Ah yes, that plan to write regularly worked well.
I haven’t posted anything to this blog or written anything of note for a few months, and the reason for that is simple – I didn’t really feel like it. After 6-7 years where it was my job to write every day I’ve had a spell where, frankly, I felt no desire to write. There’s another reason, and that’s wondering whether there’s anything worth saying.
The answer to the latter is yes, there’s always something worth saying, but I’ve tended to check out of debates and arguments recently. The world makes enough of a noise on its own, and through the internet many millions shout their opinions daily in any case, often so loudly that they can’t hear the other side.
I’ve been doing something I typically like to do in any case, which is people watching. I’m always looking around when out and about, observing what people do, don’t do, and what they may want to do. It’s not because I’m some kind of enlightened individual, but because I’m always curious. With billions of people in the world there’ll be lots that behave similarly to each other, we’re a tribal species after all, so there’ll be billions of other people watchers as well. You can ‘watch’ people online too, a place where lots of rhyme and reason is lost; it’s still interesting.
I have quiet times, also, where for a spell I shrink into myself a little. Like billions of others I try to think about my own hopes and dreams, I dwell on difficult themes or feelings, or I try to make sense of the absurdities of the world.
I’ve seen people say the world is crazier than ever; I’m not sure that’s true, but it’s people’s instinct to think their time is more dramatic than what came before. I think the world has probably always been this batshit crazy, history proves that, but now some decide to magnify and amplify it online, through clickbait, social media, shouting into cameras, filming everything on their phone and in the process probably missing half of what happens. Mankind, peoplekind, humanity, whatever, has always been insane, now we just see more of it if we choose to.
I’ve also thought more on what I want to achieve. I’m learning that my ambition is typically linked to being able to cover my bills, and beyond that I want to be the sort of person that people trust, or feel they can work with. My current job satisfies that urge, as I work with generally lovely people trying to do the same – creating games that are very ‘Indie’, but big in honesty. Business realities matter of course, games need to sell, but my efforts to help that are in the hope that enough money is made for everyone to pay their bills. I’ll never be a rich man because I don’t have the talent or the ruthlessness; even if I did by some surprising turn of events earn lots of money, I’d keep enough to afford a decent life and try to find a meaningful use for the rest.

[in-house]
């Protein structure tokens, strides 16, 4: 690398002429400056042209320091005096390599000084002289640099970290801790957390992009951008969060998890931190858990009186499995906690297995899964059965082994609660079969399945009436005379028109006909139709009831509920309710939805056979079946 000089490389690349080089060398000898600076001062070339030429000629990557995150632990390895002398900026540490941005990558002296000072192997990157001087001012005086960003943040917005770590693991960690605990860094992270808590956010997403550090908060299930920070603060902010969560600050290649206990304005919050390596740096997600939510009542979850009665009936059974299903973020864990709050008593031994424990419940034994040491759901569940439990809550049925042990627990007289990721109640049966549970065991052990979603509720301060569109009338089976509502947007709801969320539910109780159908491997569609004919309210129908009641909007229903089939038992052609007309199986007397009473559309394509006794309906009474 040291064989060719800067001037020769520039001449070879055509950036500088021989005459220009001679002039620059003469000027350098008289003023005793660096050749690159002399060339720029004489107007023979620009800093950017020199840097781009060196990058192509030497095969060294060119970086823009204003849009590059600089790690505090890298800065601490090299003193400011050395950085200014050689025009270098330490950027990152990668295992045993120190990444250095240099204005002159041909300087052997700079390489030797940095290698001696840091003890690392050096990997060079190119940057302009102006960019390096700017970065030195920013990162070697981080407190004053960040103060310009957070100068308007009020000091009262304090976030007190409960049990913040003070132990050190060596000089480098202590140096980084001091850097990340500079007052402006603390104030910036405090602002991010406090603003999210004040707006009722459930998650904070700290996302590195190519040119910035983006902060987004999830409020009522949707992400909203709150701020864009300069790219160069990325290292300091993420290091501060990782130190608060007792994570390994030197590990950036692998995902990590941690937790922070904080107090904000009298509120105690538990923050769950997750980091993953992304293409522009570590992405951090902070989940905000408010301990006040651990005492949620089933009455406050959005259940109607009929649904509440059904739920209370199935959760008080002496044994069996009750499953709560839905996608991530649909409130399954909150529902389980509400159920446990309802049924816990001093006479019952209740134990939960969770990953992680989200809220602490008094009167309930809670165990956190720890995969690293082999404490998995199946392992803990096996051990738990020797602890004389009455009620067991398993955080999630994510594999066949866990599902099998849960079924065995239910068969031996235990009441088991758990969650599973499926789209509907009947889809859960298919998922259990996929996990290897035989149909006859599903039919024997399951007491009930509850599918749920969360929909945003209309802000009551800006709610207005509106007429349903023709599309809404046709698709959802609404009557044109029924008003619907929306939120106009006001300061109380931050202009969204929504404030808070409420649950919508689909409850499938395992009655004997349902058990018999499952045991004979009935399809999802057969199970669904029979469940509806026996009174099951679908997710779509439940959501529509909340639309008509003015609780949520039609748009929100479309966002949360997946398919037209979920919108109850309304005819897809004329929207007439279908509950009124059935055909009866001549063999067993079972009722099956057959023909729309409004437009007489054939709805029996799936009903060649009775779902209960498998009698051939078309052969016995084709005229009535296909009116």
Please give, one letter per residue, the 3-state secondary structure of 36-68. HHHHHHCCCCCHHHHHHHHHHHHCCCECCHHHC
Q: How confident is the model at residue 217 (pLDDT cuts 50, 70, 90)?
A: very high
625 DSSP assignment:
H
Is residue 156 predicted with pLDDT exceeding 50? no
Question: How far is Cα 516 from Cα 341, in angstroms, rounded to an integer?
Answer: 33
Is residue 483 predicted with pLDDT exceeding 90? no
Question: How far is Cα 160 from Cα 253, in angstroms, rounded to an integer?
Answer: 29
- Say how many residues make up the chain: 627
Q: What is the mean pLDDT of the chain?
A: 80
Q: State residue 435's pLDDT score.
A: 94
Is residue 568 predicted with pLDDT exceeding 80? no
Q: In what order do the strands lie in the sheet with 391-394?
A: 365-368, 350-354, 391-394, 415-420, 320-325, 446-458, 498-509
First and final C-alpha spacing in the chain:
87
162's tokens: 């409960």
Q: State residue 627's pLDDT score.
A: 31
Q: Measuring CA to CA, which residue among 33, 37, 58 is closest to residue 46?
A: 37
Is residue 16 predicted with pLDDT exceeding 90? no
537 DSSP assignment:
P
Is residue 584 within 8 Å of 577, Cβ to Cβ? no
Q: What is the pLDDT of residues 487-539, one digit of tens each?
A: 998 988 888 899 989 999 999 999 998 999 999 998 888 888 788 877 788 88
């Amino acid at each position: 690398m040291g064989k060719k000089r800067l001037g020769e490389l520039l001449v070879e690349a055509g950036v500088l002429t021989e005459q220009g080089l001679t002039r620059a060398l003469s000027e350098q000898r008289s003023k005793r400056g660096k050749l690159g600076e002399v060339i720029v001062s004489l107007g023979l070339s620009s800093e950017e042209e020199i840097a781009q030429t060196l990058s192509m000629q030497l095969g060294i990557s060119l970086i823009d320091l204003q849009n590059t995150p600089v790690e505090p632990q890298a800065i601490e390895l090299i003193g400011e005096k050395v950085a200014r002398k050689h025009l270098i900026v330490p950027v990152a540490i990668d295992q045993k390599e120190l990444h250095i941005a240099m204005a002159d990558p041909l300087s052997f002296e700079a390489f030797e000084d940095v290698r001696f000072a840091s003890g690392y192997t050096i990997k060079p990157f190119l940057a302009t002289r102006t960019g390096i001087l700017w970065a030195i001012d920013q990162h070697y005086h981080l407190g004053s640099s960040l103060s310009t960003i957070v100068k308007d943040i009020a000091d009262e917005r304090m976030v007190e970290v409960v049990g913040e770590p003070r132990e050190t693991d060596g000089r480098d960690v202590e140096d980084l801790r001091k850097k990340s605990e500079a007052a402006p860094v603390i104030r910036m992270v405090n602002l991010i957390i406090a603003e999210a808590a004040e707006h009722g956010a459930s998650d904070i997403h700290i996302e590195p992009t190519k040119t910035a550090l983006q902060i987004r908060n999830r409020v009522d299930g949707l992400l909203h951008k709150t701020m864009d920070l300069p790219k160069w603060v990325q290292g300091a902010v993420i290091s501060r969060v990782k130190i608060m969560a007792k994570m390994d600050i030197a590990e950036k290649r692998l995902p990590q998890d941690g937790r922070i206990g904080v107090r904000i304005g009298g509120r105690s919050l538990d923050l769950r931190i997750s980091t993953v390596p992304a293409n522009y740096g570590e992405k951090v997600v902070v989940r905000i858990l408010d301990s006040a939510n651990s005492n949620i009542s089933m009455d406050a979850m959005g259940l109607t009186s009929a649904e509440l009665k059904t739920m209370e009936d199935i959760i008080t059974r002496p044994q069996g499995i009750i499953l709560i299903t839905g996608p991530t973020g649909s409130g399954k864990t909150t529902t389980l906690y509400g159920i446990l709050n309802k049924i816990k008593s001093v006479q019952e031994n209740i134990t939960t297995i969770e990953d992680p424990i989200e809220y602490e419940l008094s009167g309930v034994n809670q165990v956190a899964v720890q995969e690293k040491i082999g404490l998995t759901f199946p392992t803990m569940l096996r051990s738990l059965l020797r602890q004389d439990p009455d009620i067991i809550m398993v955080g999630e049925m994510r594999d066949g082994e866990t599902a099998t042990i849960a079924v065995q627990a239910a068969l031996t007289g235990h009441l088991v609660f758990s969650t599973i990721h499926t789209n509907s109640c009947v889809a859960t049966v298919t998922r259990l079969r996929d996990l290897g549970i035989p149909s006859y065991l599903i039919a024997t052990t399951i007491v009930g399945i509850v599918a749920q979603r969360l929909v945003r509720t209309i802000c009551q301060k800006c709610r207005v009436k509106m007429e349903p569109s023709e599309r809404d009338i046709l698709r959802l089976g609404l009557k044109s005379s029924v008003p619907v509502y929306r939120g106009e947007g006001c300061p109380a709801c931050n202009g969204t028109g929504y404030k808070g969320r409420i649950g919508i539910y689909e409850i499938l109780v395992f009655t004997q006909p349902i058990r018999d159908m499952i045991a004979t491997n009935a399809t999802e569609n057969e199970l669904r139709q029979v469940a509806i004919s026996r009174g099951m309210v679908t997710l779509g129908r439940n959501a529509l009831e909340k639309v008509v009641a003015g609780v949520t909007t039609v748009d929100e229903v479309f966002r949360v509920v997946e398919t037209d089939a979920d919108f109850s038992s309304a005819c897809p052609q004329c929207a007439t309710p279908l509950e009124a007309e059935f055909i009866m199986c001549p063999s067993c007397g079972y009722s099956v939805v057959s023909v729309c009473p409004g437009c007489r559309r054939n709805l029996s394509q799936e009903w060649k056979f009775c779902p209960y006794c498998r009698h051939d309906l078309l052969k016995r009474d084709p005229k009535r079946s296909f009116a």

Because when people watching, or world watching as anyone with the internet and connected devices does, you can see lots of good and lots of bad. At times I marvel at the incredible talents of the human race, the acts of kindness, the gorgeous art and the potentially world changing technological discoveries. Then on the other side there’s the negatives – the selfishness, stupidity and dangerous parts of humanity. The balance between the positive and negative is rarely stable – it swings back and forth. Maybe we’re sitting a bit more on the negative right now, but given time it’ll swing back for a positive period. And then back again.
So we keep buggering on, I guess. I’ll keep working, enjoying downtime, having sunny optimistic days and more quiet, morose ones too. I’ll write when I want, keep working on my fiction that I may or may not share, keep reading, keep playing video games. Keep people watching, too, and getting out of my home to do so.
Because it’s no good being insulated, or viewing the world through screens and screaming tweets and Facebook statuses. At times the phone needs to go away and reality sink back in. Recently I went to a place called the Explorer’s Garden in Pitlochry, a town a little north of Perth in Scotland. You weave your way up and, at the top, it rewards you with a beautiful view. It’s a place that relies on volunteers to stay open, but is hugely valuable – it’s the sort of place that gives a lot, most of all a useful bit of context.
Anyway, that’s enough rambling.
Until next time.